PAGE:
Canadian retailers make food safety key priority

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By Cynthia David

(Nov. 5, 4:23 p.m.) Since no company wants to see their name in the media associated with a foodborne illness, the race is on to safeguard all aspects of the food chain, from the field to the consumer.

“Today’s educated consumers don’t just want to know what they’re buying,” said Christian Chouinard, Loblaws director of product development for Canada, “they want to know where it comes from and every ingredient in it.”

As a result, he said, grocery chains must become specialists, researching how each producer grows the product they buy and how to take the extra care required to keep it safe.

“At Loblaws, I’m the guy in Florida in winter looking at the fields,” said Chouinard, who’s based in Montreal. “In summer, I’m based here to check out all the Quebec growers in terms of food safety, quality and quantity. In the future, I’ll be involved in Ontario as well, checking every facet of every grower’s operation.”

At Stellarton, Nova Scotia- based Sobeys Inc., whose IGA banner is the province’s largest, traceability has become a watchword for all produce managers.

“We work with our national team and our HACCP department,” said Pat Calabretta, senior director of merchandising and purchasing for Sobeys Quebec. “You’re liable for what you sell, and we’re liable if something happens in our stores. Though most of us grew up eating fruits and vegetables and nobody died, today we’ve got to take it seriously.”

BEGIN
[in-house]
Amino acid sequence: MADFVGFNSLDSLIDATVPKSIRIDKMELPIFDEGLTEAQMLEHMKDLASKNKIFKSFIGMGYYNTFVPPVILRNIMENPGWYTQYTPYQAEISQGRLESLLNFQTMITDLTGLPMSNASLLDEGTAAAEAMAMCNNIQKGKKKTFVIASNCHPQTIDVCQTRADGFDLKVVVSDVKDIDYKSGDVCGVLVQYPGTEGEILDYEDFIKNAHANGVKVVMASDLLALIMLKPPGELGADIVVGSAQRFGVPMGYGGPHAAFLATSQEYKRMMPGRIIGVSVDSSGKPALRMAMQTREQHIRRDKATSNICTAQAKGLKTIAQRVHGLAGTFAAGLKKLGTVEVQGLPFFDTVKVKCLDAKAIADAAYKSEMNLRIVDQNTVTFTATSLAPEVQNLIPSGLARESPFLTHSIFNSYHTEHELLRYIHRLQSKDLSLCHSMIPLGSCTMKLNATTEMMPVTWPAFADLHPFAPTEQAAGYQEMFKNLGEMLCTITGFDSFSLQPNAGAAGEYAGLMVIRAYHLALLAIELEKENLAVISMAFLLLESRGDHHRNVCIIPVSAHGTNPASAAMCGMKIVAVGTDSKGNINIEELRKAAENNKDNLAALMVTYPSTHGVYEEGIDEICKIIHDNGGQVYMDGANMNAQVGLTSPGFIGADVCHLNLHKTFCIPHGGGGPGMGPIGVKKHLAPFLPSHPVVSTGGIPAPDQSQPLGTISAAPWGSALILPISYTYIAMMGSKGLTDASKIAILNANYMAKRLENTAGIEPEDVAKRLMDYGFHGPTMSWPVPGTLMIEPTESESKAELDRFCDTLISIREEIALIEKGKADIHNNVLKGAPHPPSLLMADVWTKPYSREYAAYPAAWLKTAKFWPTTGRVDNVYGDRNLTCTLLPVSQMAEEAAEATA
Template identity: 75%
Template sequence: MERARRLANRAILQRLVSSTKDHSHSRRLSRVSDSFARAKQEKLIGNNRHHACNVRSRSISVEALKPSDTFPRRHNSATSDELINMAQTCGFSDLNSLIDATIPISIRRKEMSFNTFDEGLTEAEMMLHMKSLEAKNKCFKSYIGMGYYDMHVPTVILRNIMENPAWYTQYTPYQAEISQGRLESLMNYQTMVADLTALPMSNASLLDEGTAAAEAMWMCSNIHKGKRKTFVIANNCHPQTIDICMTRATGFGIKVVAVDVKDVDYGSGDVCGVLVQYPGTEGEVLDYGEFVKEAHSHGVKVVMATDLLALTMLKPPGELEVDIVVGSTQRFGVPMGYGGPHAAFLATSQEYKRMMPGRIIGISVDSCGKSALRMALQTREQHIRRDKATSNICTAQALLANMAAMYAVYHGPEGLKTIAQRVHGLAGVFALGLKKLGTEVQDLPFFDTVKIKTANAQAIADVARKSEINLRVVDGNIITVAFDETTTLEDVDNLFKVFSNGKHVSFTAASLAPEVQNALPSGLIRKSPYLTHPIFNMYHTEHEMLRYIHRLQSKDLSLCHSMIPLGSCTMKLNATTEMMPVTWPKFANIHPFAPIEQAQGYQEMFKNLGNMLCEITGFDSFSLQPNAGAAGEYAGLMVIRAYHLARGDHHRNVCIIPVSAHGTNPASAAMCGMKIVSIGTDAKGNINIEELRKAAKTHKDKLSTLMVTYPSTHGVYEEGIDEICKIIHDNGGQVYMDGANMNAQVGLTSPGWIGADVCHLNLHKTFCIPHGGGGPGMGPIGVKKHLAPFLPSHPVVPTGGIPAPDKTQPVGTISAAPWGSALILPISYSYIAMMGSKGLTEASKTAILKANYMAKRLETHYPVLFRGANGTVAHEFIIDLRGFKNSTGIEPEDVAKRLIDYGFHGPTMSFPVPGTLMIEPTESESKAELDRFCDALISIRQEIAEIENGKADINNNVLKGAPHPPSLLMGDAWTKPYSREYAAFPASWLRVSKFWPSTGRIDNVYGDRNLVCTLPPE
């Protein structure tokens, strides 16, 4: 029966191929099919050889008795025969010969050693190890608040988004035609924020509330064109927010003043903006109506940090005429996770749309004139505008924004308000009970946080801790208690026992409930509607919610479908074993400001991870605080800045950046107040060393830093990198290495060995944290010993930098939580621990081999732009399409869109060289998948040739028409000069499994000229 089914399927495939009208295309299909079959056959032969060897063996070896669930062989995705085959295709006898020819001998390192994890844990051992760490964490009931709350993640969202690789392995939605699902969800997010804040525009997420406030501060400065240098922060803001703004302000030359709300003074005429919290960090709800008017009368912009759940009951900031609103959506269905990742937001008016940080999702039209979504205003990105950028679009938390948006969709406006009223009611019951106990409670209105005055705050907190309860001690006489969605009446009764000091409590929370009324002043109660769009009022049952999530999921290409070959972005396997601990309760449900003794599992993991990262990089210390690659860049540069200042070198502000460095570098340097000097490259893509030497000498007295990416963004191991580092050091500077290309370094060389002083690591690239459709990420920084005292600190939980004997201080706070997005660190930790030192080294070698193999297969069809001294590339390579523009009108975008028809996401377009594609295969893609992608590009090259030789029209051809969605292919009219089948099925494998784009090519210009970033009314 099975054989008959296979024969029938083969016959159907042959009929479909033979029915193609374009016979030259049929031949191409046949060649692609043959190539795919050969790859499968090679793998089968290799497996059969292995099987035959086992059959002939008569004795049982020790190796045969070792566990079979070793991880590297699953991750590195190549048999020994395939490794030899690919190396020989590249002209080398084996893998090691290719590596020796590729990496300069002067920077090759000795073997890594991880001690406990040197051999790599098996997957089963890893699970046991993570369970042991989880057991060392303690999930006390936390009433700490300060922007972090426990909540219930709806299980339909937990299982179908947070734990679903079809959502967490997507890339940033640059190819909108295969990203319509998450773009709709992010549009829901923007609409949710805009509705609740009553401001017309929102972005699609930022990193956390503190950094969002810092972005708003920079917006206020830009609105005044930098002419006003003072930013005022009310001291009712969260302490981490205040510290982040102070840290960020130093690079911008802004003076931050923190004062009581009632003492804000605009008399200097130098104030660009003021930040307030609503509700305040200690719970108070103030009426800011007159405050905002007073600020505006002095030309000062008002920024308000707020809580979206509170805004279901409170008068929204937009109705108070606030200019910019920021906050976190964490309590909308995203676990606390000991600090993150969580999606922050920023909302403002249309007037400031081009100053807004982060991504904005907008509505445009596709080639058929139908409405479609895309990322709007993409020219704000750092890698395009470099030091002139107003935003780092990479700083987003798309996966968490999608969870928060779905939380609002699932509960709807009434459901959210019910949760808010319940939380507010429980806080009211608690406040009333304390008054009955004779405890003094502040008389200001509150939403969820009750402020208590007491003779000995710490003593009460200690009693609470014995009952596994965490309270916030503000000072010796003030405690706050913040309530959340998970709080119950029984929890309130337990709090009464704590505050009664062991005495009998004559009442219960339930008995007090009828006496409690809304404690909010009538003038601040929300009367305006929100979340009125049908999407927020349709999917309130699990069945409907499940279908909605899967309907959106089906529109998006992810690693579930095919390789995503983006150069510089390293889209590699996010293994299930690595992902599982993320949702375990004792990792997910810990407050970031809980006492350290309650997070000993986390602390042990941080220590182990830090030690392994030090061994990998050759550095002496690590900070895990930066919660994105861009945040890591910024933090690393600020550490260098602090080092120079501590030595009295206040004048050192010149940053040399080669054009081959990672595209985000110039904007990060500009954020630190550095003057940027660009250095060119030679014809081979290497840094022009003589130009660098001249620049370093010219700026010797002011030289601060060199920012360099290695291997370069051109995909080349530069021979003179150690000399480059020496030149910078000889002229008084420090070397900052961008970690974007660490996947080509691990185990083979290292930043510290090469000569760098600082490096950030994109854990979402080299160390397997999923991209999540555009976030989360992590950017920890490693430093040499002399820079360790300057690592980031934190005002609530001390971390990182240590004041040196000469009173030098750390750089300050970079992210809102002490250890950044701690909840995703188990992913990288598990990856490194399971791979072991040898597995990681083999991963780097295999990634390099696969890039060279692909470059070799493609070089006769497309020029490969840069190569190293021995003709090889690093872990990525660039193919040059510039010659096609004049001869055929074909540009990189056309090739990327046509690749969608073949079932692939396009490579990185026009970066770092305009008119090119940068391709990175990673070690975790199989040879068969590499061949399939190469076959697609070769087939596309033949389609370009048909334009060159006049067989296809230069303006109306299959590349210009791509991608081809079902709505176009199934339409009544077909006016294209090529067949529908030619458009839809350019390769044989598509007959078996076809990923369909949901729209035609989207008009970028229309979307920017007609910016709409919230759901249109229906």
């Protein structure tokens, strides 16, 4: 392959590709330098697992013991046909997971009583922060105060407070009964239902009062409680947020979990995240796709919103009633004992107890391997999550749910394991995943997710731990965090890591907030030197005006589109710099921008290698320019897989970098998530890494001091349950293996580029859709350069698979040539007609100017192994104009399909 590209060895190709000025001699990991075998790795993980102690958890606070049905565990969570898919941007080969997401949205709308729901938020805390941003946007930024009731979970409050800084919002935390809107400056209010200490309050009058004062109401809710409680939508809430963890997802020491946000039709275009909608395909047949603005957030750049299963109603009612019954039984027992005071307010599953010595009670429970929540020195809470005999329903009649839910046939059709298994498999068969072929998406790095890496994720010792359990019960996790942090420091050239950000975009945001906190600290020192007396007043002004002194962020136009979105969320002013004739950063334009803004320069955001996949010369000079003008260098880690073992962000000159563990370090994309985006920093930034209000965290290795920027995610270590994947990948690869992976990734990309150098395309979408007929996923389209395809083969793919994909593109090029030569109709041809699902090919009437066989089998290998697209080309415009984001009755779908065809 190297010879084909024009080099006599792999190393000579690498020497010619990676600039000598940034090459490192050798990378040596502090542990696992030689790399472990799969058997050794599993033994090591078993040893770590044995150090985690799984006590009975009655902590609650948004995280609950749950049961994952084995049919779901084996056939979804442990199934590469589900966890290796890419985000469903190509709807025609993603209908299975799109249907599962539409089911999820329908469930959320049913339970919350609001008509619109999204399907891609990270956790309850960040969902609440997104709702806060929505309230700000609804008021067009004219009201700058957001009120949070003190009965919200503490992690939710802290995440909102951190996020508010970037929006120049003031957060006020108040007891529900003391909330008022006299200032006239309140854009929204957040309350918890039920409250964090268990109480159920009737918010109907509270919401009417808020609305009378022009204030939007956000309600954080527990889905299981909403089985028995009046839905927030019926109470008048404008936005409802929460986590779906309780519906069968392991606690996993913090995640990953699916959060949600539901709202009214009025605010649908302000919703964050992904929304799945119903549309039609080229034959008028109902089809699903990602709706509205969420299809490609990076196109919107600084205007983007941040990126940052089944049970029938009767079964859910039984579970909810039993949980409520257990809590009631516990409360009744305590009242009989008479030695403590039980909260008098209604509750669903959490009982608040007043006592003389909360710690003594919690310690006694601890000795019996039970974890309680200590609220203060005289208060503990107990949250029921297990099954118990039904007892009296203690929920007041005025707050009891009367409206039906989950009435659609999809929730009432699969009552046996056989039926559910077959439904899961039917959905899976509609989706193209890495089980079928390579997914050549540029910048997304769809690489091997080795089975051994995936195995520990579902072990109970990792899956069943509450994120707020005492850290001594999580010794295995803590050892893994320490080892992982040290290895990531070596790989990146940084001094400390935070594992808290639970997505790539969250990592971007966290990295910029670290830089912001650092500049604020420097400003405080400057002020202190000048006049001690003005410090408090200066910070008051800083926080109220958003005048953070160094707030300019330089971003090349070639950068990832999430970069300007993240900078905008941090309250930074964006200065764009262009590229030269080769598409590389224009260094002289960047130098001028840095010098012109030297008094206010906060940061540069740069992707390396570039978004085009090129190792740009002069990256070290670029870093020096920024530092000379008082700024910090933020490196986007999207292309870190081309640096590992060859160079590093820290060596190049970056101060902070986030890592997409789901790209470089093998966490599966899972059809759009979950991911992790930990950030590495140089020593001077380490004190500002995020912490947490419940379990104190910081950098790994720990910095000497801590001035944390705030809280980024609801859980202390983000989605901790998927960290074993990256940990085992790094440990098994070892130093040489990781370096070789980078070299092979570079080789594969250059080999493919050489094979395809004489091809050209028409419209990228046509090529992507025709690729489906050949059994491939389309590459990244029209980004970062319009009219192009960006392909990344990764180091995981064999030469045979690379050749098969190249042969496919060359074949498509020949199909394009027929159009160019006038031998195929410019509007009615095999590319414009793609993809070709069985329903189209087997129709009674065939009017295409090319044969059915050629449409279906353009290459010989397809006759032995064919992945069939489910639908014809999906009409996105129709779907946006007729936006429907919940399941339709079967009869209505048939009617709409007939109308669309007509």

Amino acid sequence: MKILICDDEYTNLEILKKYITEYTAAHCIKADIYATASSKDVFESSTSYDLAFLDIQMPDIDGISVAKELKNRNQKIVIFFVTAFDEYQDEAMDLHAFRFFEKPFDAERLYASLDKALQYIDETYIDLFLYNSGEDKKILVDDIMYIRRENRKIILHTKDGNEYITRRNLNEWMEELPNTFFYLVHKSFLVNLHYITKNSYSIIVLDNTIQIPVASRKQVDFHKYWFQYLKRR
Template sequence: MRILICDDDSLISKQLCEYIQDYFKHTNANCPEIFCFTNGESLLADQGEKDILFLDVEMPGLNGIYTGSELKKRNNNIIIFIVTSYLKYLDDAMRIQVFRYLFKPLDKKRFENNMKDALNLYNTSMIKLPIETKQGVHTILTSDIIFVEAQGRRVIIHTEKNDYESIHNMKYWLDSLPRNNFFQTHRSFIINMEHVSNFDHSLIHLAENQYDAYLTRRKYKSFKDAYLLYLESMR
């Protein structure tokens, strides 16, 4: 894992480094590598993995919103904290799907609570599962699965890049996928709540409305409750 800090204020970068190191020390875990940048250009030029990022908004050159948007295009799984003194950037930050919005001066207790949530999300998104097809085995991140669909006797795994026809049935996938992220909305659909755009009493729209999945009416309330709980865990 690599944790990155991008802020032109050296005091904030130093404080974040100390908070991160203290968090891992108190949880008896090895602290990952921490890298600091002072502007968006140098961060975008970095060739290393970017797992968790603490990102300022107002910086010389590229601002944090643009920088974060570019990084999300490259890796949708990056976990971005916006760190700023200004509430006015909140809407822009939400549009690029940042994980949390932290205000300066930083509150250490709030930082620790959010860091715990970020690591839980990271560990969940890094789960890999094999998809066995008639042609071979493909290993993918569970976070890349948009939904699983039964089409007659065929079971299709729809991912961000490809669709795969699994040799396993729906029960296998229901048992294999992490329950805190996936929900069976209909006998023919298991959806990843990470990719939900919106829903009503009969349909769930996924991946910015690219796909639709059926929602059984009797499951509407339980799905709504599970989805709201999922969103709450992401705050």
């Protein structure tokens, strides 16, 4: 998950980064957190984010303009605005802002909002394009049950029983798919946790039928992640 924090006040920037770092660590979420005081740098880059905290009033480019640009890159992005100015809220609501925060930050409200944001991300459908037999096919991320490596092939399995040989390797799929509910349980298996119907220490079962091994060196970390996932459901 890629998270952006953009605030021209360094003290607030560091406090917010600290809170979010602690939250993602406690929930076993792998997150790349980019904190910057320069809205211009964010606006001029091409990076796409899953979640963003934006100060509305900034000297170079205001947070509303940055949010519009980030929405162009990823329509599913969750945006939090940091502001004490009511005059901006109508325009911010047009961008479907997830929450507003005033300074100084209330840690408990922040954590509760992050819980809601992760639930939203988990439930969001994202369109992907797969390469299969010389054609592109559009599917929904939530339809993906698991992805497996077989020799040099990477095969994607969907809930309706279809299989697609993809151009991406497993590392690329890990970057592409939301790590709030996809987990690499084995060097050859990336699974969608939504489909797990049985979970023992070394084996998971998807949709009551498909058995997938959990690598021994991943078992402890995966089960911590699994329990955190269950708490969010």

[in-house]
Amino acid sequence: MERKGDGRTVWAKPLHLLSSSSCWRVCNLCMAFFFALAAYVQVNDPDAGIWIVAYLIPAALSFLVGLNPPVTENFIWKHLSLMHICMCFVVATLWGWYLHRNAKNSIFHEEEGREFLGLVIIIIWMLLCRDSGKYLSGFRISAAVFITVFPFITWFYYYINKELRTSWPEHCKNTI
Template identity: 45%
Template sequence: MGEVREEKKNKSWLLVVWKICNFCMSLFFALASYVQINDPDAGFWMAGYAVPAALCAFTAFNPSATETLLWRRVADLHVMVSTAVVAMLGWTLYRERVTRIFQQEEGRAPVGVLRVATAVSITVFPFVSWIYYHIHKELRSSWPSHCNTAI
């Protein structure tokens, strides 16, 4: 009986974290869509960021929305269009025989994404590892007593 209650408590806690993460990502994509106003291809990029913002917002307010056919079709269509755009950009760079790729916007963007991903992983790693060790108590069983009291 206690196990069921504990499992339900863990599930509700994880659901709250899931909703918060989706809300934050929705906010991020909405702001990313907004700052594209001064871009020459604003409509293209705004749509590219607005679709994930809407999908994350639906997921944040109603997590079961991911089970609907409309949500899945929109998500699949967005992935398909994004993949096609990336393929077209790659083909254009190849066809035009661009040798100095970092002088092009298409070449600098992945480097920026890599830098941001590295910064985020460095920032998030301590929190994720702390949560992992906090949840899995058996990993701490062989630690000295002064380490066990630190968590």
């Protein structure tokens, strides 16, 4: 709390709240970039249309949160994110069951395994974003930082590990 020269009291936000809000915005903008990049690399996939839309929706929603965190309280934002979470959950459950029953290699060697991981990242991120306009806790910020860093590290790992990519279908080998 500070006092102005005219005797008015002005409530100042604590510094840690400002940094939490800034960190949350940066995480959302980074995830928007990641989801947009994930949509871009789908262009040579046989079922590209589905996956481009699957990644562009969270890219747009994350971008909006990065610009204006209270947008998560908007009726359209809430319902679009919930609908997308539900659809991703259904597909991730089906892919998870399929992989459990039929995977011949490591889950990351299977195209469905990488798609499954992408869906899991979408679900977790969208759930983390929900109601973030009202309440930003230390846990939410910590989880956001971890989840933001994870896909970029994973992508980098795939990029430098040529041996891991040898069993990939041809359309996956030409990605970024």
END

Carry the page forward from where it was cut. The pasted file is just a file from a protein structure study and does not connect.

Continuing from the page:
At Essex Continental in Montreal’s Marche Central, food safety has been the No. 1 priority for the past three years, said general manager Frank Ferrarelli.

“We test everything before it goes out,” he said, “and each cup contains the julienne date, farm and room number so we can trace every mushroom.”

Sliced mushrooms are particularly susceptible to listeria, said Ferrarelli. The outer skin of a whole mushroom protects against the bacteria, he said, but once a mushroom is sliced that protection disappears. To be sure its equipment is pristine, the company soaks its slicer in boiling water for 30 minutes daily.

If any traces of listeria are found during testing, he said, the line is stopped immediately.

“If it happens to us it might affect 300 to 400 cases from one day’s production,” he said. “We wouldn’t wait for a second test, which could take six days, to tell us how many parts per million are present.”

While food safety hasn’t changed the way Montreal’s biggest wholesaler, Canadawide Fruit Wholesalers Inc., does business, president George Pitsikoulis said the company is in the process of upgrading its computer system to enable it to track every lot of produce it handles. “We’ll be ready to offer full traceability by November,” he predicted.

Montreal’s foodservice distributors also are tackling the issue of food safety, said Benoit Lecavalier, sales manager for Hector Larivee. The company imports much of its U.S. produce through Pro-Act, a co-operative of North American produce specialists.

The group has devised its own recall system, Lecavalier said, and members share ideas regularly on ongoing issues concerning bacteria and traceability.

Lecavalier added that Larivee’s sister company, Tomapure in Laval, Quebec, offers facilities designed with food safety in mind. It washes and packs vegetables for foodservice, including tomatoes for the Subway sandwich chain.

“We need to be able to give our customers full assurance that we deal only with approved suppliers and that we can trace back any product,” Lecavalier said.



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